Genetics is a complex field, and cannabis genetics is an ever-growing arena of complicated varieties, cloning, and breeding. Simply naming and breeding a strain doesn’t guarantee the child will have the same genetic structure as the parent, even if it’s similar in appearance. This is significant, because we’re also learning that genetic structures within a specific plant will change and alter over generations.
In addition, conditions, location, and even water sources can influence the expression or repression of certain genes, affecting not only a plant’s appearance but its “strain” and type. In other words, strains associated with being indica can eventually breed to produce sativa-type plants that are indica in appearance but sativa in therapeutic effect.
And, this, of course, is an oversimplification, as many varieties have been bred and cross-bred for years, and resemble nothing of their landrace origins. Comparing wild, or feral, indica and sativa plants with intentionally bred cultivars would be as different as looking for the similarities between tigers and house cats. They’re obviously genetically linked but, express astounding variety.
Lead With Your Nose!
How do we bring this back to Yin and Yang? Keeping it old school, herbalists from every tradition have learned to recognize the effects of herbs by knowing what they look like, but also can anticipate the plant’s therapeutic characteristics by smell. This is an important component in understanding the medicinal effects of cannabis, as well as the way specific psychoactive components will play out in your body.
Yang refers to upward movement, heat, action, fast, drying and outward characteristics while Yin refers to downward, cooling, resting, moistening and inward characteristics. If we apply this to therapeutic effects, we can begin to see that Yang can typify the “high” sensation commonly associated with sativa varieties while Yin can characterize the “stoned” sensation associated with indica varieties.
Of course, just as there are no absolutes in Yin and Yang, the same goes for cannabis. Most varieties will have a combination of both aspects, while others will express genes that breeders may not have intended to highlight. This is why smell matters. Associating certain smells with Yin and Yang characteristics can help the grower, tender, and user select the right flower or bud for their needs.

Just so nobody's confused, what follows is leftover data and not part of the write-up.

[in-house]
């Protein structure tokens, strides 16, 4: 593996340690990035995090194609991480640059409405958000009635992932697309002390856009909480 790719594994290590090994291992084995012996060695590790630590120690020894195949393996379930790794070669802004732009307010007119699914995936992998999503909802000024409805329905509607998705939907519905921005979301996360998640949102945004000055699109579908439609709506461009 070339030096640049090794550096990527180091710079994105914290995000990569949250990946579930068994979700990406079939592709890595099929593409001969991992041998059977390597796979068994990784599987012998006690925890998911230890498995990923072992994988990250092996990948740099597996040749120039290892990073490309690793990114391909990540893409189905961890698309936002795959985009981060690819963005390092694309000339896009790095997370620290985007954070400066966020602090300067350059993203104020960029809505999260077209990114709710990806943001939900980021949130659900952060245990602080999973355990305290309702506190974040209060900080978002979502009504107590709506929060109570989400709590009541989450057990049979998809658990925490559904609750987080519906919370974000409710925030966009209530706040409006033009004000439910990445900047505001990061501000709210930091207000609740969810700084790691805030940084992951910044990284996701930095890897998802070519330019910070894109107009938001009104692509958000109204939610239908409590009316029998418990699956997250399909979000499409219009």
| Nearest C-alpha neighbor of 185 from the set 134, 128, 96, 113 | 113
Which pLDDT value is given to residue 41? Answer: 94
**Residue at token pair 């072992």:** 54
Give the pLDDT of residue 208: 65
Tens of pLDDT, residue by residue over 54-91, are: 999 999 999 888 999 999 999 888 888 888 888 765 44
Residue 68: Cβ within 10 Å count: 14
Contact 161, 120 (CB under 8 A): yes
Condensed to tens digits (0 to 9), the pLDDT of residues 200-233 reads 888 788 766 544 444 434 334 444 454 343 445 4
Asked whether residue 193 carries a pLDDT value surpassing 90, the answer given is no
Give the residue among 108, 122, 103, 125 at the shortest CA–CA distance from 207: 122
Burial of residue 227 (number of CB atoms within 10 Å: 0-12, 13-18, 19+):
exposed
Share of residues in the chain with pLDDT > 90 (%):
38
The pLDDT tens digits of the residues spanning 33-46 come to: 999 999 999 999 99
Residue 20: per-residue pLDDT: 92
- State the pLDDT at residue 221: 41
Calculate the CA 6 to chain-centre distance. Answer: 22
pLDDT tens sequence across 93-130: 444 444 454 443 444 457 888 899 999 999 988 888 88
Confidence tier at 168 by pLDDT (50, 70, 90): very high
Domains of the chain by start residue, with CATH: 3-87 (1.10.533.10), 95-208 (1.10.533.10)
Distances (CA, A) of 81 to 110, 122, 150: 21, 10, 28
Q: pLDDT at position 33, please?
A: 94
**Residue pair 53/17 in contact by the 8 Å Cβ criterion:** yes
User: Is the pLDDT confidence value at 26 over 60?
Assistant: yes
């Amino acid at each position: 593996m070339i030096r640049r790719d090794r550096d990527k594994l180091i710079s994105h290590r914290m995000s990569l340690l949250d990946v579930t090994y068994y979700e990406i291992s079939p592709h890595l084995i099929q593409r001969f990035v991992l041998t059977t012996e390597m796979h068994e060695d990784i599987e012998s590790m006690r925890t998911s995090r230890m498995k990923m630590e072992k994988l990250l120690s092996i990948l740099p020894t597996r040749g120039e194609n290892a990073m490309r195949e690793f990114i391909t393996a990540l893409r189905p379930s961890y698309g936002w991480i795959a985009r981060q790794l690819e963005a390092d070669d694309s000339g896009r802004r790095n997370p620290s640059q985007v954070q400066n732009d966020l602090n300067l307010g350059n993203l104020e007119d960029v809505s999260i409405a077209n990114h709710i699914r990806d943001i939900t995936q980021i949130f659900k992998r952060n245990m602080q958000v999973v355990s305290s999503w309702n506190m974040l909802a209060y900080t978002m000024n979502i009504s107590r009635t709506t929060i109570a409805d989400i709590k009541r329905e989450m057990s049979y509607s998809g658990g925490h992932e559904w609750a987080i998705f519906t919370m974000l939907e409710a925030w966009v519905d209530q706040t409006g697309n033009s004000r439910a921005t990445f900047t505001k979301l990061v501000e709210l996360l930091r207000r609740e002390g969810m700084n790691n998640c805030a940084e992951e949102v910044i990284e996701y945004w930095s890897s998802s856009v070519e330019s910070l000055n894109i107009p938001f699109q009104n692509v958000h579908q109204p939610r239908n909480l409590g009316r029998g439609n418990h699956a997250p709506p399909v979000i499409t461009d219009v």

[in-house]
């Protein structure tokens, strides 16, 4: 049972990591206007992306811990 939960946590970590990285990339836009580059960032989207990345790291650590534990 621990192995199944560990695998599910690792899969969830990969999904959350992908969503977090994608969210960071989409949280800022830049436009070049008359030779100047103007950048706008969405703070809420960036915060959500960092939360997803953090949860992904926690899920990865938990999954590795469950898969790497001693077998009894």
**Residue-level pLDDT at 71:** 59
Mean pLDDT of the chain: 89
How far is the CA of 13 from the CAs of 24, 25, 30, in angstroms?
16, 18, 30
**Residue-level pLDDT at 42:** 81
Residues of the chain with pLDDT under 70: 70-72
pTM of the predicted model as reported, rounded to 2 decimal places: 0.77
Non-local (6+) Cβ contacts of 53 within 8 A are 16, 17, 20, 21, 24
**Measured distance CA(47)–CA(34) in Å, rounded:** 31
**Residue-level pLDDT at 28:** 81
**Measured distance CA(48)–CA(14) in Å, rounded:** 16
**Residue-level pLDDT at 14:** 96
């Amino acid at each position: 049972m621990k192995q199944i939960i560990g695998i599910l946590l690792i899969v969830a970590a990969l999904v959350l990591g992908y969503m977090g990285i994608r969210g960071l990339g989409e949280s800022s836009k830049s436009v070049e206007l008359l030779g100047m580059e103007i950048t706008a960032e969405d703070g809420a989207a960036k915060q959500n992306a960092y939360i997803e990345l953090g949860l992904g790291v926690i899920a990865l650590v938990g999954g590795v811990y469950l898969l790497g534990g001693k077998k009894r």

Lower – or Yin type – aromas will seem heavy, leathery, chocolatey, with the deeper earthy tones of humulene and myrcene terpenoids , and tend to have a sedating effect, which can most likely help with anxiety, insomnia and other “hyper type” imbalances.
Higher – or Yang type – aromas such as cinnamon, fruity and citrus aromas – coming from linalool, geraniol, valencence, and terpineol terpenoids – can have an invigorating effect most likely helpful for low energy, fatigue, foggy brain, and other “hypo type” imbalances.
Of course there are also neutral scents as well. This is a growing area of study, and can only expand the potential for improved outcomes, as well as serve a tool for identifying the presence of mold and other undesirable chemicals.
There are even training courses on “interpening,” designed to teach people to identify the varieties potency and therapeutic effects of cannabis by its scent. This is similar to sommelier training, but for weed!
As an acupuncturist physician, understanding scent allows me to combine cannabis with other herbs for the best therapeutic results – both for medicinal and recreational purposes (which in my humble opinion is also medicinal).
An important takeaway here is that the name of a “strain” does not always mean it will have an effect that the name might indicate. So, be sure to take a whiff of a cannabis you’re contemplating. Pay attention to what you smell, and where you feel the sensations. Are they below your nose into your jaw – indicating a lower or Yin type, or do you feel a heady sensation in the forehead or a tickling, which indicates a Yang type? Know that it’s also possible to feel a combination of sensations.
Remember that your body chemistry will also play a role in how you metabolize the components of cannabis, so your sense of smell can be your best tool in deciding which bud’s for you.
Cannabis has been a component of Traditional Chinese Medicine for over 2000 years. From an acupuncturist's perspective, applying a Yin/Yang framework to the